Wooden homes can be reinforced, to a degree, to better withstand strong wind. Some simple and cost-effective upgrades include the installation of storm doors and windows. Another method would be to replace your existing siding with cement board siding.

Roof design can play a major role in how well a home stands up to wind. Sloped hip roofs and ridge vents can go a long way toward redirecting the flow of winds around your house. Proper installation of foam sealant under the roof can also help protect against wind damage.

In terms of a hurricane, there are several temporary ways you can reinforce your wooden home if you are in the path of a destructive tropical system. Hurricane shutters protect windows, and you can use hurricane plates and various forms of tie-downs to direct the wind load toward the foundation of your house.

Tornadoes are violent and often sudden, so it is difficult to prepare for one in the heat of the moment. However, if you live in a tornado-prone area, you can reinforce your wooden home with the installation of steel connectors that are connected to each other and the framing of the house with nails, bolts, and screws. This retrofit is expensive and difficult, but it creates a continuous load path for wind that helps reduce some of the damage a tornado may bring.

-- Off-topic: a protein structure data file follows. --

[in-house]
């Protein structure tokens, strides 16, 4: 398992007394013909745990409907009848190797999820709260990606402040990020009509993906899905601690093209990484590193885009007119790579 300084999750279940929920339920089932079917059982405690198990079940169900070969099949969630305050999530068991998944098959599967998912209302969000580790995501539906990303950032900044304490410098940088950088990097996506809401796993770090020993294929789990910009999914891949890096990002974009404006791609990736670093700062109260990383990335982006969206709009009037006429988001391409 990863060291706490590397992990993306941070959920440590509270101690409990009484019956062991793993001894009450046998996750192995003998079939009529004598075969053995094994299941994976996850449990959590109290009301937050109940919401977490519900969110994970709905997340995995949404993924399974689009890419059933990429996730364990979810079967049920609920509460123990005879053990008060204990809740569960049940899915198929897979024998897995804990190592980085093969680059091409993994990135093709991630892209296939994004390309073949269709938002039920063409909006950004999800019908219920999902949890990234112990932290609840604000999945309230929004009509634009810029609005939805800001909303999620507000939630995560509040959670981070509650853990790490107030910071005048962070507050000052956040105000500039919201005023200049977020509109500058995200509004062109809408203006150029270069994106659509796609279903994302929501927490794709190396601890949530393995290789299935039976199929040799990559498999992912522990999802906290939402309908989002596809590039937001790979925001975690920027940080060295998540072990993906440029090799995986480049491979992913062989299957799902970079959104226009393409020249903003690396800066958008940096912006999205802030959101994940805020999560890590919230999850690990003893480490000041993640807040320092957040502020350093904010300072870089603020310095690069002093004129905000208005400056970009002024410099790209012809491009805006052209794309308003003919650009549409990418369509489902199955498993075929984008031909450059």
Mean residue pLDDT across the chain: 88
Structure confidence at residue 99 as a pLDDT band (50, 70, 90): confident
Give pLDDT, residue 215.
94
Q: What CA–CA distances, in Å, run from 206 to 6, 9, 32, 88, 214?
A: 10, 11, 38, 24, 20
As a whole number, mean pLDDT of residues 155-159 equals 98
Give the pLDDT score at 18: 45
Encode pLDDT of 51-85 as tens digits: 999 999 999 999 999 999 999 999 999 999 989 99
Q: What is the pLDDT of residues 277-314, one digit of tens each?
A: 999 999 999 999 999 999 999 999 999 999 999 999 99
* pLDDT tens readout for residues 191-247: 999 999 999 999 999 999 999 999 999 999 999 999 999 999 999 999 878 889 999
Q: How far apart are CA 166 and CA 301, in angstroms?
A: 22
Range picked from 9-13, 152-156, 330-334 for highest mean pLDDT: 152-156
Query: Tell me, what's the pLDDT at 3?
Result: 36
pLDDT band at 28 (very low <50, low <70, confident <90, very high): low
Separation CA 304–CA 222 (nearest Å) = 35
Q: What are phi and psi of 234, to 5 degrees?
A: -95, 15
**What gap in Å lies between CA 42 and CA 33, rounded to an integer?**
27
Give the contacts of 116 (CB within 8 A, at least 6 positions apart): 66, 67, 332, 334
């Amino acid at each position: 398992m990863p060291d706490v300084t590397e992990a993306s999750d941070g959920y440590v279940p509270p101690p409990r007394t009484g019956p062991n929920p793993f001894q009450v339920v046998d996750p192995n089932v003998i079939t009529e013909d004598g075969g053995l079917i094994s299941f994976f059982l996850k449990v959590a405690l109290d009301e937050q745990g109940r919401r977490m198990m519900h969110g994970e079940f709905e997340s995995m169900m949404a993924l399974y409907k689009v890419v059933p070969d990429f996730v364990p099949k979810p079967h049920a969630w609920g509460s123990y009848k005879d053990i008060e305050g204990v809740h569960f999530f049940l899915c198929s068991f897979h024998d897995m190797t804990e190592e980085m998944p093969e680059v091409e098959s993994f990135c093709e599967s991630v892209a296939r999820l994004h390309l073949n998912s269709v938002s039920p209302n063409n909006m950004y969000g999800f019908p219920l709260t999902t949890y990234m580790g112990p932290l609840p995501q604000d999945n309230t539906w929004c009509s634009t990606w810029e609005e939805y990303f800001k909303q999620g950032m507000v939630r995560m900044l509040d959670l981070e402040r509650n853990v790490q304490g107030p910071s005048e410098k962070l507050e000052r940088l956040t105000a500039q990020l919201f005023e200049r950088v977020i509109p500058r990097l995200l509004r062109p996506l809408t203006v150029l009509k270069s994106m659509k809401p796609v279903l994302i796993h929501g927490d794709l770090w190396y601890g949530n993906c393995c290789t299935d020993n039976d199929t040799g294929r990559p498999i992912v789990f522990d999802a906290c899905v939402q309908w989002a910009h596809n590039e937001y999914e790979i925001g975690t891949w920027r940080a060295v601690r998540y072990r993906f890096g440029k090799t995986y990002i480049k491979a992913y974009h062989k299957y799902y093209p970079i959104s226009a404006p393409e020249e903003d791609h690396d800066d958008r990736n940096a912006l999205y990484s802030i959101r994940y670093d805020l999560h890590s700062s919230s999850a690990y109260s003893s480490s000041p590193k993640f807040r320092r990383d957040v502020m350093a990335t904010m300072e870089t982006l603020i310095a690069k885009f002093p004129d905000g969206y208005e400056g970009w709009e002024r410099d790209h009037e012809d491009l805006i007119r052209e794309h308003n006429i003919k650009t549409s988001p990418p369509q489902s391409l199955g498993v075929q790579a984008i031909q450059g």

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Related Questions

What is the strongest building material that can stand up to high winds?

Insulating Concrete Forms (ICFs) are probably among the strongest building materials available for residential construction. These walls are cast on-site during construction and reinforced with steel rods. If built properly, homes made with ICFs can withstand winds up to 250 miles per hour. In addition to their ability to hold up to strong winds, ICFs also help with heating and cooling costs, as they naturally help a home maintain a steady internal temperature, and also provide good soundproofing. Steel-framed homes are another option that may offer a bit more protection from wind. Like ICFs, steel-framed home construction also costs much more than traditional wood framing.

How can I build a more wind-resistant wooden house, if other build materials are out of my budget?

If you are building a wooden house in an area that is prone to high wind, there are several options available to make your home more wind-resistant. Homes shaped like hexagons or octagons can withstand a higher wind load, and also lend character and interest to your house. Roofing designs that include sloped hip roofs, as discussed above, are another easy way to build wind resistance into your house.Additionally, many wooden homes in wind prone areas are constructed using a type of barbed nail, rather than standard straight framing nails. These barbed nails are able to hold the home together a bit better under strong wind conditions.